Few phrases strike dread in the hearts of travelers like “connecting flight.” Flying to a destination on more than one plane increases the odds of delay and a missed connection.

Some U.S. airports have more late or missed connections than others, depending, in part, on which airlines use them and where they’re located. Some airlines are notoriously unreliable, and some airports are in cities that take regular beatings from bad weather. These airports become notorious for delayed connections.

The Bureau of Transportation Statistics ranked the 10 U.S. airports with the worst records for on-time arrivals in 2011. The bureau also provides data for on-time departures. Its survey covers 29 major airports, defined as serving at least 1 percent of total passengers boarding domestic flights in one year, so small airports weren’t included.

Read ahead to see which airports were the worst for connections in 2011. 

Fort Lauderdale – Hollywood International Airport is in Broward County, Fla., about 20 miles north of Miami. According to the bureau, 78.88 percent of flights landed at the terminal on time.

This means that passengers on 21.12 percent of the flights that landed there had to make a mad dash through the terminal if they had a connection to catch. Most of them didn’t have to worry, though, since 19.74 percent of flights from the airport didn’t take off on time either. 

9. Washington Dulles International Airport
Washington Dulles International Airport is in Dulles, Va., 25 miles west of the nation’s capital. In 2011, the airport served over 23 million passengers, according to the Metropolitan Washington Airports Authority, but 21.39 percent of the flights arrived later than they were supposed to, making connections needlessly stressful, while 20.19 percent of flights experienced delayed departures, leading to lots of huffing and fuming in the waiting area.  

8. Ronald Reagan Washington National Airport
The airport in Arlington County, Va., processes fewer passengers than nearby Dulles, with just over 18.8 million people passing through it in 2011, according to the airports authority. Still, 22.28 percent of flights landing there did so later than they were supposed to, while 17.59 percent left late. 

7. Philadelphia International Airport
Philadelphia International Airport served almost 31 million passengers in 2010, and is the 12th busiest in the world in terms of traffic movements, according to a 2011 report from the Airports Council International.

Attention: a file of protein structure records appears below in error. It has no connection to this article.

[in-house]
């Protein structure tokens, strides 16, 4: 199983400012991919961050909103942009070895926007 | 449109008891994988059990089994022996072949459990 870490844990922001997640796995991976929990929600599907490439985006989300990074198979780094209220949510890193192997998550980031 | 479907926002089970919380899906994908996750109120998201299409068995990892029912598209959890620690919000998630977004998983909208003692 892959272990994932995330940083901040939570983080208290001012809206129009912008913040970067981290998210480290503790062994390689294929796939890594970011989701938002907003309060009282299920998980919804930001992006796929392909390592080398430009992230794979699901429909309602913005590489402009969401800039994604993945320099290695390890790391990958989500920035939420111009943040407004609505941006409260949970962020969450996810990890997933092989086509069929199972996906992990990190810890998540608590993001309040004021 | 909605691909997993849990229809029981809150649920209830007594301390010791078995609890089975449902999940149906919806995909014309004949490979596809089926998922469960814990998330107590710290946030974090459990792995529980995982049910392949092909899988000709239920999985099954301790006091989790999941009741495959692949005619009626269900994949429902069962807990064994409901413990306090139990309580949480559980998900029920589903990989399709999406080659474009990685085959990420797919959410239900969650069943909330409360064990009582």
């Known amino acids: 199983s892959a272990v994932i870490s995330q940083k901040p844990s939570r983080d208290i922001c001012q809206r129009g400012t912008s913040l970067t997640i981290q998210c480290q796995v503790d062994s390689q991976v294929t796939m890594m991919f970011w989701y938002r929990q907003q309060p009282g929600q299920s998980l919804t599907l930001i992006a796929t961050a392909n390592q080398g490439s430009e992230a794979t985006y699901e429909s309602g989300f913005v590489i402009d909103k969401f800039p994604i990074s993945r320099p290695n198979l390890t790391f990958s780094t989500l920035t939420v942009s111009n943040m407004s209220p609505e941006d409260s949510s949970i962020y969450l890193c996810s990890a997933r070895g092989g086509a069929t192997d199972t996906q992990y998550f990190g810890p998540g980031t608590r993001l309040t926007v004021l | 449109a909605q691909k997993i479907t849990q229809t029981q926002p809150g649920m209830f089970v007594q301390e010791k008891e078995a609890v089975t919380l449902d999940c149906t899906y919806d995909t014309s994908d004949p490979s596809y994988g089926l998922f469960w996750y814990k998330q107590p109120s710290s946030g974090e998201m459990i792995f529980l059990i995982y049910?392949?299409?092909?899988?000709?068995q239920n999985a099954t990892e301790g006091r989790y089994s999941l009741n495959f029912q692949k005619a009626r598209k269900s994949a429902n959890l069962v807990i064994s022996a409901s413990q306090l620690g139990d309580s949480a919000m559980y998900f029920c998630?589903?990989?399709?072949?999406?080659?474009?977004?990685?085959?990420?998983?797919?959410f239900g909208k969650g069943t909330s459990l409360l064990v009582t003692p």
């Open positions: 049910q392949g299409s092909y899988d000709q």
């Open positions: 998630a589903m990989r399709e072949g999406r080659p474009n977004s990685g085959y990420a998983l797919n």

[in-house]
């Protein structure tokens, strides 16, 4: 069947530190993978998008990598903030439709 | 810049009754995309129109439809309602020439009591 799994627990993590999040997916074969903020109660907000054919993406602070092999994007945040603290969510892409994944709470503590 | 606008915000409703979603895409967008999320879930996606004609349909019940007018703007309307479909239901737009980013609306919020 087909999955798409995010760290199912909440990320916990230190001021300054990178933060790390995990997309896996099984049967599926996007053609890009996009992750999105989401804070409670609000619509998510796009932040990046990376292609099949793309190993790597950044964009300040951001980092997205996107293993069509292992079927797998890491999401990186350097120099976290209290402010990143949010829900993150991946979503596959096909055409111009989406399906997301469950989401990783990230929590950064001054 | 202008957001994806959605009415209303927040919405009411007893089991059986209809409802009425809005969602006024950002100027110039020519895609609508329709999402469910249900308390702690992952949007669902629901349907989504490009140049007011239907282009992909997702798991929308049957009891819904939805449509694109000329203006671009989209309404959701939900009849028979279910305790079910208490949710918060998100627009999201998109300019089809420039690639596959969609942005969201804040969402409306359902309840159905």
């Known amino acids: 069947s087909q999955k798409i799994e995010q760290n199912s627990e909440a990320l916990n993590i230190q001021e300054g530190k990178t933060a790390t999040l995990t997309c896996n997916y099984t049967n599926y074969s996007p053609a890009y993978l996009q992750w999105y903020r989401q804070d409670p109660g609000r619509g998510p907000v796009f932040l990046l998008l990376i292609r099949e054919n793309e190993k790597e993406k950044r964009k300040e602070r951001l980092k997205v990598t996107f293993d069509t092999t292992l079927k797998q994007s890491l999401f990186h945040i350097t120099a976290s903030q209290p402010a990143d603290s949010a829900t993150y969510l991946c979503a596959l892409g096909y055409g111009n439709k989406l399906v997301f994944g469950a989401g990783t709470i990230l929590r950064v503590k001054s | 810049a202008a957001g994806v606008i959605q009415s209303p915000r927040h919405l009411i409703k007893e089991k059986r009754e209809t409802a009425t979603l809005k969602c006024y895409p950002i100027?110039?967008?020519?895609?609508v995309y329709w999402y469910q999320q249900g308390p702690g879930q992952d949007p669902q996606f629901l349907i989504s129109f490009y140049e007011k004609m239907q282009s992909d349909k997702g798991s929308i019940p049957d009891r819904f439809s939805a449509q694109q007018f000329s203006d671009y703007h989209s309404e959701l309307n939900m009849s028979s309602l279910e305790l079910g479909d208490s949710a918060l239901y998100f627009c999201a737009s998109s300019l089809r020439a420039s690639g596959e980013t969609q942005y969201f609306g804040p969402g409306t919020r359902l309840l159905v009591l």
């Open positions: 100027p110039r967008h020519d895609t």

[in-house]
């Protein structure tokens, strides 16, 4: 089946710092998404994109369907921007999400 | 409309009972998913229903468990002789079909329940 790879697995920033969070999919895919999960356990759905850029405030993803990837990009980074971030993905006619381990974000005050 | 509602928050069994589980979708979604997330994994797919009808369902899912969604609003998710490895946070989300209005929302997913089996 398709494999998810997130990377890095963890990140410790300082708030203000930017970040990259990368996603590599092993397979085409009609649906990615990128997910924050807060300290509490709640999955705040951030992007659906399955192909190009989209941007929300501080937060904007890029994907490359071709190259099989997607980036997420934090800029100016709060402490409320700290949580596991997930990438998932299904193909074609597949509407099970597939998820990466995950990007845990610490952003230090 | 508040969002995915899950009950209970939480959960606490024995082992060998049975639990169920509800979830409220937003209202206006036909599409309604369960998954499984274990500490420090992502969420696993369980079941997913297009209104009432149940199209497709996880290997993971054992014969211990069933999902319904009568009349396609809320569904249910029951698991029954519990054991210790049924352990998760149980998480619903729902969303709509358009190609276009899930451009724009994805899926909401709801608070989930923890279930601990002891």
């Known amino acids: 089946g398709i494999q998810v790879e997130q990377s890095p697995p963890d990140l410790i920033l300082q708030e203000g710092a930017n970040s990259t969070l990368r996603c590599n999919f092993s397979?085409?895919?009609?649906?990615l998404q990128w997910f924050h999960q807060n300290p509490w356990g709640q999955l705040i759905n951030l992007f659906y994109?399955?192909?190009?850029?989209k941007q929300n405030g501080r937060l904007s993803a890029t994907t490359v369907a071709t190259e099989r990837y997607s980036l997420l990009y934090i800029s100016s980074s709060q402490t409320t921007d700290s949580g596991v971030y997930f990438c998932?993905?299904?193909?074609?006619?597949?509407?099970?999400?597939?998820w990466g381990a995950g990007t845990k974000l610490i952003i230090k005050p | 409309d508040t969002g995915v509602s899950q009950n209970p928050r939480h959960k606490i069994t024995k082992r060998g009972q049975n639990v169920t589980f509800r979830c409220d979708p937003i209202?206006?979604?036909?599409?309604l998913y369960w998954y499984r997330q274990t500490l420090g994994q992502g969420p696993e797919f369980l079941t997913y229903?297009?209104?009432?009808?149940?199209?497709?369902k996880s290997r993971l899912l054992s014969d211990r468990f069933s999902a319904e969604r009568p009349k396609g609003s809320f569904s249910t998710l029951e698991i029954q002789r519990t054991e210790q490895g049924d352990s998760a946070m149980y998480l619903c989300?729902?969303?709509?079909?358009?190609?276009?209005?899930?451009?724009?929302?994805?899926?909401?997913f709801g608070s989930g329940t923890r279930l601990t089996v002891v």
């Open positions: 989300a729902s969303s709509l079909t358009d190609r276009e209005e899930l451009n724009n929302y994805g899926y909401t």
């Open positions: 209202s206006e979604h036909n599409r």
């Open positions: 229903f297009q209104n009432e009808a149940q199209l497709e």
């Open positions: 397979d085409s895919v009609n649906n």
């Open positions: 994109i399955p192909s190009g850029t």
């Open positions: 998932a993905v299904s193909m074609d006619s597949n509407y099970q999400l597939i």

With that kind of activity, it’s easy to see why the airport would encounter lots of delays. In 2011, delays affected 23.84 percent of incoming flights and 21.1 percent getting off ground. 

6. O’Hare International Airport
Chicago’s O’Hare International Airport suffers from something of an identity crisis. On the one hand, it was voted “Best Airport in North America” for four consecutive years by Global Traveler magazine, from 2004 to 2007. On the other hand, fully 24.52 percent of flights landing there did so behind schedule, and it had the third-worst record for departures in 2011, with delays at 25.6 percent.  

5. John F. Kennedy International Airport
At New York’s Kennedy International, 24.66 percent of all flights landed there late in 2011, and 22.49 left late. But unreliability is only one factor leading some to consider it to be one of the worst in which to make a connection., the website of the traveler’s guide book series, included it in its “10 Worst Airport Terminals” feature published in January. It called the airport’s Terminal 3 “the worst single airport terminal in America,” and cited “an utter lack of food and shopping options…hallways that could have been designed by M.C. Escher” and “a sense that the cleaning crew gave up in despair a while ago.” 

4. Logan International Airport
Boston’s Logan International Airport, the largest airport in New England, had a banner year in 2011, when almost 29 million passengers used it. Unfortunately, a whopping 26.35 percent of flights didn’t get there when they were supposed to, and 21.11 had takeoff delays. 

3. LaGuardia Airport